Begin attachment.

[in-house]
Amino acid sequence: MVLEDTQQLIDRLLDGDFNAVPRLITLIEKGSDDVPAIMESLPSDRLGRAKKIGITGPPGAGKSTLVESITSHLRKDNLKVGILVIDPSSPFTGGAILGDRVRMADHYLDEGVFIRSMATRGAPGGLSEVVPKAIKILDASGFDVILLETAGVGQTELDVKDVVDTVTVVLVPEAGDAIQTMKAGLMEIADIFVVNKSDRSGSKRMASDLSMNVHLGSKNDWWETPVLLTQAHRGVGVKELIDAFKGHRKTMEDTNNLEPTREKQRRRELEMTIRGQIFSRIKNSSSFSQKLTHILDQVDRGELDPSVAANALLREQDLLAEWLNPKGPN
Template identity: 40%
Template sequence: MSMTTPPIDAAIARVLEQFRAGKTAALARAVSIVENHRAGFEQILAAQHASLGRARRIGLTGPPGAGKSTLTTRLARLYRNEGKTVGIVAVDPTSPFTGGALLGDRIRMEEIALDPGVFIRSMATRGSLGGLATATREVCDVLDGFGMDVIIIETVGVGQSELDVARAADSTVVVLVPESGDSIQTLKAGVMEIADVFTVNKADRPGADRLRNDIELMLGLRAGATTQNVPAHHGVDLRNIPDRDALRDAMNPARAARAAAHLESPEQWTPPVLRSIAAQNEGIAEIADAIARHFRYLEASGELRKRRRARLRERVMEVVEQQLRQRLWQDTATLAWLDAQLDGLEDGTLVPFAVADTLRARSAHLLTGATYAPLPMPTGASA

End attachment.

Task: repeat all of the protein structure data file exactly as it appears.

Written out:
[in-house]
Amino acid sequence: MVLEDTQQLIDRLLDGDFNAVPRLITLIEKGSDDVPAIMESLPSDRLGRAKKIGITGPPGAGKSTLVESITSHLRKDNLKVGILVIDPSSPFTGGAILGDRVRMADHYLDEGVFIRSMATRGAPGGLSEVVPKAIKILDASGFDVILLETAGVGQTELDVKDVVDTVTVVLVPEAGDAIQTMKAGLMEIADIFVVNKSDRSGSKRMASDLSMNVHLGSKNDWWETPVLLTQAHRGVGVKELIDAFKGHRKTMEDTNNLEPTREKQRRRELEMTIRGQIFSRIKNSSSFSQKLTHILDQVDRGELDPSVAANALLREQDLLAEWLNPKGPN
Template identity: 40%
Template sequence: MSMTTPPIDAAIARVLEQFRAGKTAALARAVSIVENHRAGFEQILAAQHASLGRARRIGLTGPPGAGKSTLTTRLARLYRNEGKTVGIVAVDPTSPFTGGALLGDRIRMEEIALDPGVFIRSMATRGSLGGLATATREVCDVLDGFGMDVIIIETVGVGQSELDVARAADSTVVVLVPESGDSIQTLKAGVMEIADVFTVNKADRPGADRLRNDIELMLGLRAGATTQNVPAHHGVDLRNIPDRDALRDAMNPARAARAAAHLESPEQWTPPVLRSIAAQNEGIAEIADAIARHFRYLEASGELRKRRRARLRERVMEVVEQQLRQRLWQDTATLAWLDAQLDGLEDGTLVPFAVADTLRARSAHLLTGATYAPLPMPTGASA